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The History of Harvard's Commencement, Explained
THE custom of observing Class-Day dates back to a very early period in the history of the College. Indeed, like many of our observances, neither the time when it began nor the circumstances under which it arose are definitely known.
The first mention we find of such an observance is that about the year 1760 the students had become so boisterous in their demonstrations on that day that the College authorities attempted to abolish the custom, which had then been in existence a considerable time. For some unknown reason, the attempt did not succeed; but the day rather grew in importance, and has continued to do so, until in late years it has come to be preeminently the day of festivities and rejoicing.
A diary kept by a graduate of 1793 gives an interesting account of the exercises of the day* at that time, and shows how great the change in its observance has been:-
(June 20th, Thursday.)
"This day, for special reasons, the valedictory poem and oration were performed. The order of the day was this: At ten the class walked in procession to the President's, and escorted him, the professors, and tutors to the Chapel, preceded by the band playing solemn music.
"The President began with a short prayer. He then read a chapter in the Bible. After this he prayed again. The poem was then delivered, after which the singing club, accompanied by the band, performed William's Friendship. This was succeeded by a valedictory Latin oration. We then formed, and waited on the government to the President's, where we were very respectably treated with wine, etc.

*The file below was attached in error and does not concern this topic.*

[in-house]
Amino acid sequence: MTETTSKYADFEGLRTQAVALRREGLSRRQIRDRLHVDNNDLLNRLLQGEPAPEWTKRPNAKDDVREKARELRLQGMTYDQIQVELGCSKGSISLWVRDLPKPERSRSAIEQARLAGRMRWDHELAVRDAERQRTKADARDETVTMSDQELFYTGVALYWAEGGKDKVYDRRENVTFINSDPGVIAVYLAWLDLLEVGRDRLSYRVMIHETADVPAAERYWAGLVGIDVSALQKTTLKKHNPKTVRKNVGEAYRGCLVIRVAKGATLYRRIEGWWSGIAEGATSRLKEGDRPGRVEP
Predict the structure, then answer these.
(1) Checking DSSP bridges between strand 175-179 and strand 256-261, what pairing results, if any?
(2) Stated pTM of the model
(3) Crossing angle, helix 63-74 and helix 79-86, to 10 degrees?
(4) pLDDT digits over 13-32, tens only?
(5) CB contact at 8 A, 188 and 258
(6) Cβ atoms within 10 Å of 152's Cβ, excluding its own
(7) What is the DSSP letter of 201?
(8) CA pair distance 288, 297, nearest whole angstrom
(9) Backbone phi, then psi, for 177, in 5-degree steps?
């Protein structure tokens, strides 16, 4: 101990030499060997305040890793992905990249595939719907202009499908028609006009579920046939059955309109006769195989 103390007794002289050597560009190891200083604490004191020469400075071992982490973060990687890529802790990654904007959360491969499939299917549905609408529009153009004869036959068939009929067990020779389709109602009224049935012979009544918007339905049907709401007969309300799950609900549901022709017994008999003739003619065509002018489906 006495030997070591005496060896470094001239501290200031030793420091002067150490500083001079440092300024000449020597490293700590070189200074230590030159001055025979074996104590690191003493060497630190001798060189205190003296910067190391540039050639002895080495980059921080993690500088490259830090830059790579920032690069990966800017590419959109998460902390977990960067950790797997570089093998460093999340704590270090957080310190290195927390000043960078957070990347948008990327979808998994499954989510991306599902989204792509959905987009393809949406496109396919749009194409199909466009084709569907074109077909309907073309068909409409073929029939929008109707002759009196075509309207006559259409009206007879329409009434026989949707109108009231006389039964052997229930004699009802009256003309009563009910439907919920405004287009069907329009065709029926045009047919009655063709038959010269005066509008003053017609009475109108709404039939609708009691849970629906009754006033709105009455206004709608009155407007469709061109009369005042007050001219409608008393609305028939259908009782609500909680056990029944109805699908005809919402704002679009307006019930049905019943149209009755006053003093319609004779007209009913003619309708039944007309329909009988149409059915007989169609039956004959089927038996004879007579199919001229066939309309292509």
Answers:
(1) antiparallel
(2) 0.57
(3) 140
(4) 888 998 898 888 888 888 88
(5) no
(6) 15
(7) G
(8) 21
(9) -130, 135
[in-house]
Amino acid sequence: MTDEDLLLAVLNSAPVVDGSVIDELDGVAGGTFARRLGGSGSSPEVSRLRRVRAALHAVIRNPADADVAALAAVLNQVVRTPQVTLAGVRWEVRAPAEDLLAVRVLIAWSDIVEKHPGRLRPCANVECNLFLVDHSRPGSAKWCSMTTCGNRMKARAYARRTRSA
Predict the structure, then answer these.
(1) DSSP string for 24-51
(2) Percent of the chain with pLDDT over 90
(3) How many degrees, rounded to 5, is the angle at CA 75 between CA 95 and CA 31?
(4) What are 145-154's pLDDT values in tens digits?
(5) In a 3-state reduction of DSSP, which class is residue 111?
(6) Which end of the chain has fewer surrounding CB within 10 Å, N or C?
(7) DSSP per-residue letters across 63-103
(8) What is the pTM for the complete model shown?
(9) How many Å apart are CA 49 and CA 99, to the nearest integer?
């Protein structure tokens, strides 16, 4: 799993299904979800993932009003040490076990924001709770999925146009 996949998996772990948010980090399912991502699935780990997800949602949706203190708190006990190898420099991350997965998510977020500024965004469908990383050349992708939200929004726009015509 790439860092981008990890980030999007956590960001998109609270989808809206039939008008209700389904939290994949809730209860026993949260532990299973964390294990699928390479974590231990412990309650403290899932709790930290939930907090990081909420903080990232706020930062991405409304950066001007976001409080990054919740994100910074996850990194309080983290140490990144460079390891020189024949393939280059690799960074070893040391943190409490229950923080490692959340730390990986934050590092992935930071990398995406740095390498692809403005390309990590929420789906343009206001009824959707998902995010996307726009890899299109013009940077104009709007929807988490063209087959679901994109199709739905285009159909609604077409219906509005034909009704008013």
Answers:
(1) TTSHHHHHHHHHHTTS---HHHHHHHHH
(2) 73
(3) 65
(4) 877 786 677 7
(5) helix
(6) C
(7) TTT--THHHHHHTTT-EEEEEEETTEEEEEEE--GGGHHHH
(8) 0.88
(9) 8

"We then marched in procession to-'s room, where we drank punch. At one, we went to Mr. Moore's tavern, and partook of an elegant entertainment, which cost 6/4 apiece. Marching back to the College-grounds, we shook hands and parted, with expressions of the sincerest tokens of friendship."
From this and subsequent records, it seems that at this time, and for many years after, the students celebrated their graduation by a grand symposium, passing the greater part of the day in the Yard, scattered in groups under the trees, enjoying the last hours of college life by drinking punch, smoking, and talking over the events of their college days.
It has only been within the last dozen or twenty years that the custom has been observed in anything like the present style.
*It seems that at that time it had not received the distinctive name of Class-Day.
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